As an HR professional I became really troubled by the constant focus on fixing weaknesses in the corporate performance management system. This was mirrored when my confident and assertive 3 year old started to be told she was “bossy” and “too loud”. At the time I was a delegate on a leadership course for women at work where we were being taught how to “take the stage” at work. Right then I knew I had to nurture my daughters nature, I didn’t want her to be attending a course in 25 years time that would teach her to do what I was about to start conditioning out of her. I didn’t do it with intent at the time, but I told people that cared for her to refrain from using words like bossy and anything else that was negative towards her natural leadership and sense of self.
As my awareness of my own Strengths and my ability to play to those Strengths has developed so has my ability to spot the natural talents of my children. Don’t get me wrong I’m not about to start winning any Mum of the Year awards and still it’s fact that there is no right way to parent. I make mistakes every single day but I have greater confidence in my ability to parent in a way that celebrates my children’s uniqueness whilst using my own Strengths. It builds on what they do naturally well and encourages them to embrace and build on those talents.
When you are working from you talents and nurturing nature you do a better job, more efficiently and you enjoy it. I experience that for myself most days now but how awesome is it that I can give that experience to my children? Who doesn’t want the best for their children? Who doesn’t want their children to live happy lives filled with love, joy, purpose and passion? One of my biggest fears for my daughters is that they move into their teens with low self-esteem. I want them to value & respect themselves, their uniqueness and be confident in who they are and how they can contribute. I want them to understand and embrace what makes them special and be able to use that talent to live a life that they love. But more than what I want for them as individuals I want us, as a family, to have a common language and appreciation for our collective talents so that not only can we develop to our full potential but we can also be effective in dealing with the challenges that will undoubtedly come our way as our family matures.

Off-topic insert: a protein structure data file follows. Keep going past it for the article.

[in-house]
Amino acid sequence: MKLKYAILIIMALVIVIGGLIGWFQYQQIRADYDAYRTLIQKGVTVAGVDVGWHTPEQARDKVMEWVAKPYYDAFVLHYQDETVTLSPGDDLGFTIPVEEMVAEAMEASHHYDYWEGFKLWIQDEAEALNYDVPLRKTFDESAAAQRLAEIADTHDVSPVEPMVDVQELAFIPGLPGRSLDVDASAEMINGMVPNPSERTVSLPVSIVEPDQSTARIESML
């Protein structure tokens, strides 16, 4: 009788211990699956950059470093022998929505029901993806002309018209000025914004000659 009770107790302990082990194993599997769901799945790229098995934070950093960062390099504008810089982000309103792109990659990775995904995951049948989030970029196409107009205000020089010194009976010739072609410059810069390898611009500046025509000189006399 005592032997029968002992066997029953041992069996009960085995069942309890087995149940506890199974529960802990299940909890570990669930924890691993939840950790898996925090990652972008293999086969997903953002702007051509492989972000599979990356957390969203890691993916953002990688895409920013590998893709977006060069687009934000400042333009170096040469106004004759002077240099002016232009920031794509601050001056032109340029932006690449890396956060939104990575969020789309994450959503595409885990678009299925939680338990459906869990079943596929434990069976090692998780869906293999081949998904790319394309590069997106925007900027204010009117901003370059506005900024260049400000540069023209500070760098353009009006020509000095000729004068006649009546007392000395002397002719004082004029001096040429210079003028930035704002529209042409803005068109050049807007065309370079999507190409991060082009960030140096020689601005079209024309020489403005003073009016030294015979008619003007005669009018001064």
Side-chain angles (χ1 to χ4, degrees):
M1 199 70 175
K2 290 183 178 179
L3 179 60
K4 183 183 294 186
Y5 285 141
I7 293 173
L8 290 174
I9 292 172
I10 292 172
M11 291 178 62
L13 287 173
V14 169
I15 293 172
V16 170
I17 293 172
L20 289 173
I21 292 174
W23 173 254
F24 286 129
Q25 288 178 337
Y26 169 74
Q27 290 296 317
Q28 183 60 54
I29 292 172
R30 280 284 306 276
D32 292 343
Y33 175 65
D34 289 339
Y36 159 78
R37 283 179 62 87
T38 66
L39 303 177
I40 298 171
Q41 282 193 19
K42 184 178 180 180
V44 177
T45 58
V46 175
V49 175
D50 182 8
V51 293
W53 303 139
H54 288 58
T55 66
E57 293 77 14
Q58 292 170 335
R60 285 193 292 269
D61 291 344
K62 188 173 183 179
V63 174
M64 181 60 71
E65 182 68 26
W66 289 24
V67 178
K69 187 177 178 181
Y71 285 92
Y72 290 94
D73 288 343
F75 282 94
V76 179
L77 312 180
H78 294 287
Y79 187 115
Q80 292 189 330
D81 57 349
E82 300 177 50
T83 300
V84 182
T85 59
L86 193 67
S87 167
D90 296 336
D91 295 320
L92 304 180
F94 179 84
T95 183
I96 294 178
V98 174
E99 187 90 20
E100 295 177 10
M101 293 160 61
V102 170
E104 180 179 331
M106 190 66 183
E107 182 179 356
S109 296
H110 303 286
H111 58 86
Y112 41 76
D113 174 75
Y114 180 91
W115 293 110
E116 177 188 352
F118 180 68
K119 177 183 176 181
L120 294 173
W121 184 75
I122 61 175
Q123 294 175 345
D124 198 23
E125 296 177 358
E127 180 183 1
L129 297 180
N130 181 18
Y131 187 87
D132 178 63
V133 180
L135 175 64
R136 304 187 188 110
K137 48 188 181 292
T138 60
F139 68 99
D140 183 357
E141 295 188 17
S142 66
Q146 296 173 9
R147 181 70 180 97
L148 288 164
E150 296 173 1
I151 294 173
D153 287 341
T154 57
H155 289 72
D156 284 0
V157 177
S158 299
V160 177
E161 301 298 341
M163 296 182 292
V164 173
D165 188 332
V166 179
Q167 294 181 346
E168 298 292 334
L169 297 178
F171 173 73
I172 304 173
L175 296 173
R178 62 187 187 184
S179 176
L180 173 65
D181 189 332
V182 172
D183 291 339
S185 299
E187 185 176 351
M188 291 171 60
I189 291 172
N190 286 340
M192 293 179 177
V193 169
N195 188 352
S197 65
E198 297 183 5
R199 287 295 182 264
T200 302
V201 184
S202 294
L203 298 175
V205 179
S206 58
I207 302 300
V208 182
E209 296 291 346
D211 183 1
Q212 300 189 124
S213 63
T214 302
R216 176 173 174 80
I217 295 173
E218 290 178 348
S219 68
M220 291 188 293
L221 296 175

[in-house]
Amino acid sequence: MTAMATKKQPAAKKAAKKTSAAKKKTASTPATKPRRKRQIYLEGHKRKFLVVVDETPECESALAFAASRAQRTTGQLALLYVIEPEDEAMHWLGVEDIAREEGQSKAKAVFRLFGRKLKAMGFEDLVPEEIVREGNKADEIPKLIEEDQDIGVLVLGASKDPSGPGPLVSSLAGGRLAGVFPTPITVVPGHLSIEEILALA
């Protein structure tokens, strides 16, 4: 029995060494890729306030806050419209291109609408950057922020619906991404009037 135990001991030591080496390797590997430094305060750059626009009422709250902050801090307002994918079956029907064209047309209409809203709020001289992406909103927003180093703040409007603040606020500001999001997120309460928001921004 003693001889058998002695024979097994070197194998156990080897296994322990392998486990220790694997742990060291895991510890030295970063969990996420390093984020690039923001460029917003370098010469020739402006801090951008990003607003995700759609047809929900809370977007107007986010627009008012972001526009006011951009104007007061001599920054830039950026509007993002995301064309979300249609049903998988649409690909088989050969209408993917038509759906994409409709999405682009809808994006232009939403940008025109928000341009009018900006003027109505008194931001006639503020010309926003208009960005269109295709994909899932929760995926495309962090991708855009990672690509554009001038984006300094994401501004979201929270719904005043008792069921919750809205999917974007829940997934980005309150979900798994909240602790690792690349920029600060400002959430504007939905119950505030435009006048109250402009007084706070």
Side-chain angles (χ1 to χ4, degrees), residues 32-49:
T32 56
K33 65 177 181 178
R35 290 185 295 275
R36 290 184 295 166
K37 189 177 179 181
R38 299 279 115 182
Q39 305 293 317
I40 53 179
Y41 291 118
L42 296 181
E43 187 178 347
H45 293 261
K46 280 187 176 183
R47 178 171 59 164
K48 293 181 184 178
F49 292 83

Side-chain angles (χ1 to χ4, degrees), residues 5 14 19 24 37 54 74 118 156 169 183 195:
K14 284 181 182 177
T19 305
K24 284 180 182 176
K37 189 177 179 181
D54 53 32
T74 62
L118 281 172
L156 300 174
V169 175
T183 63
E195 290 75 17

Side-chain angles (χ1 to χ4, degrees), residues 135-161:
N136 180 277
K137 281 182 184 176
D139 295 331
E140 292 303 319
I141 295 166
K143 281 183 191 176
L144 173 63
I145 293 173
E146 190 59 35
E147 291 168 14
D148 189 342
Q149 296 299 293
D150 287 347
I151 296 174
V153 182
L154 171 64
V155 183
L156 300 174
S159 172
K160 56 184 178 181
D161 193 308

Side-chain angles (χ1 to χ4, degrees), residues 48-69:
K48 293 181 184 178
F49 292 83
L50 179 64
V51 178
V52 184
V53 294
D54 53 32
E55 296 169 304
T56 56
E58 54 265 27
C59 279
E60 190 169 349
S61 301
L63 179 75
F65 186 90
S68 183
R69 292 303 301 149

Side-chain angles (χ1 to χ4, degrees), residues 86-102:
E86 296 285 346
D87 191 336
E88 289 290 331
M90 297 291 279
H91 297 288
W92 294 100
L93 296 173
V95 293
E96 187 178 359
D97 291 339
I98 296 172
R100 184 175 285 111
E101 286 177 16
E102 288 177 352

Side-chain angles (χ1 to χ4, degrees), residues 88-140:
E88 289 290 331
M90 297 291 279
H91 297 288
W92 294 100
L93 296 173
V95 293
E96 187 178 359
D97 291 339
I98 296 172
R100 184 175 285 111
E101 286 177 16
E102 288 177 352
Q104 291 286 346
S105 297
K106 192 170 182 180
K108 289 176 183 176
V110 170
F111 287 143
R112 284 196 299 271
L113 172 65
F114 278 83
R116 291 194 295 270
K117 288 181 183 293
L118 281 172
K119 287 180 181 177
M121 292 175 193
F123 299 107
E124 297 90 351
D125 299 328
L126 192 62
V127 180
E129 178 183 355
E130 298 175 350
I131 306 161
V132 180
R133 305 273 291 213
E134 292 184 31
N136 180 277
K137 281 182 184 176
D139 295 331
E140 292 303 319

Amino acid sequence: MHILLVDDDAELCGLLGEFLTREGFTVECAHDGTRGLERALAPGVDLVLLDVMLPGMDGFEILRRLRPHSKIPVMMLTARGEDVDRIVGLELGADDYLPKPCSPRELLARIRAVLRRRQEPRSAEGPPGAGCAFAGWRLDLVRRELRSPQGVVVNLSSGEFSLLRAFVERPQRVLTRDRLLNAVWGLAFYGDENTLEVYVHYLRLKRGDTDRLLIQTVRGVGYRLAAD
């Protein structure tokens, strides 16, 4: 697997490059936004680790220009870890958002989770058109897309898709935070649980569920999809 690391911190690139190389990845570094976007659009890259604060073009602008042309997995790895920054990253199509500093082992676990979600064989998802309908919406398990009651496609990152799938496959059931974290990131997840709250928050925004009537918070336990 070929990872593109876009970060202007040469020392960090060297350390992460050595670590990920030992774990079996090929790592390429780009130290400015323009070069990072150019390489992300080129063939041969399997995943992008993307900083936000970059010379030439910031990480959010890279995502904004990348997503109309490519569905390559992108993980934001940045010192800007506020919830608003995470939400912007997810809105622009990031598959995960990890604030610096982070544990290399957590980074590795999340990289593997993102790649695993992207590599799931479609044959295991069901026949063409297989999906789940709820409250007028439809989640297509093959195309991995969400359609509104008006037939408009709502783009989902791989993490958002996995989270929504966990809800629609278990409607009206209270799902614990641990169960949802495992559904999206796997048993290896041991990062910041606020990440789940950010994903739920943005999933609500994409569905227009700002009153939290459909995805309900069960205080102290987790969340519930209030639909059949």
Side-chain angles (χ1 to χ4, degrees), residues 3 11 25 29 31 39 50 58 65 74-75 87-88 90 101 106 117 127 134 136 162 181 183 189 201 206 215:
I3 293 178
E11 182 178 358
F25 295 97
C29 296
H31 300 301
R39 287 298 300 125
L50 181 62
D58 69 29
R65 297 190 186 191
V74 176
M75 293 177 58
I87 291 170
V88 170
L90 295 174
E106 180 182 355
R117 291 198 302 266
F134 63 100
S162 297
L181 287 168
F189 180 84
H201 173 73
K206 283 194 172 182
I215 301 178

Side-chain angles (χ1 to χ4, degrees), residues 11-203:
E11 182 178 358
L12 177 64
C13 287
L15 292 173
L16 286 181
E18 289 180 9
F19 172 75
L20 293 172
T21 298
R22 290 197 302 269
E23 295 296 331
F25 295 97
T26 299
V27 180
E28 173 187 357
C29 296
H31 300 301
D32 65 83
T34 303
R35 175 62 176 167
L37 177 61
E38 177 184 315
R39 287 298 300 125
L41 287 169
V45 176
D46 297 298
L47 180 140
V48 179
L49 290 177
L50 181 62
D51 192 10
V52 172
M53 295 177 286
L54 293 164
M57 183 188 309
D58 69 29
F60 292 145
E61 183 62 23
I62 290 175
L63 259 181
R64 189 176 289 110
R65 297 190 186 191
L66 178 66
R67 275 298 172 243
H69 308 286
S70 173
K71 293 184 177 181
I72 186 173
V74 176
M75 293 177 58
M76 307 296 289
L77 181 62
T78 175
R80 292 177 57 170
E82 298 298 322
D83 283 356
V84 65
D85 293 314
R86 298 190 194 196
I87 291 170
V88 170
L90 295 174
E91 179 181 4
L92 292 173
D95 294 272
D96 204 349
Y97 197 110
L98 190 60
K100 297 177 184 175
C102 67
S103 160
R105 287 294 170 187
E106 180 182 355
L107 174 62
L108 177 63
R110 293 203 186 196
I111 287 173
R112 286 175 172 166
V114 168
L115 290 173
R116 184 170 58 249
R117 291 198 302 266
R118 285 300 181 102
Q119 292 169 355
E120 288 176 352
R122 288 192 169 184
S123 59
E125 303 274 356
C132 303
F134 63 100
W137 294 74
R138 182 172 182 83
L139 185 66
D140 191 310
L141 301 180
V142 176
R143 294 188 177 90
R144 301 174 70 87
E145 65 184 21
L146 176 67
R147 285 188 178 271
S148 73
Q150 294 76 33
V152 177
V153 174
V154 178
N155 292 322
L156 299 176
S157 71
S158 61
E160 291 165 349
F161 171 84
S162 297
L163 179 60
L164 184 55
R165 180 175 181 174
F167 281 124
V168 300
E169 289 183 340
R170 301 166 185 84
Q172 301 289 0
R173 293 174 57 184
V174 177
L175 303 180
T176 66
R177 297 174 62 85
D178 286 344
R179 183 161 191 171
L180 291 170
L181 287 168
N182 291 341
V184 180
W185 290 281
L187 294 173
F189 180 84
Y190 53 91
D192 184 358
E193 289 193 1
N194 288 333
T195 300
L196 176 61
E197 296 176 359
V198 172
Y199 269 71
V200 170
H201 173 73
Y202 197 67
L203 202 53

Parenting is for life and let’s face it, it will likely be the job that breaks us and makes us all. By nurturing the natural talents of both ourselves and our children who knows what transformation we might achieve?
A Guest Blog from Sarah Dena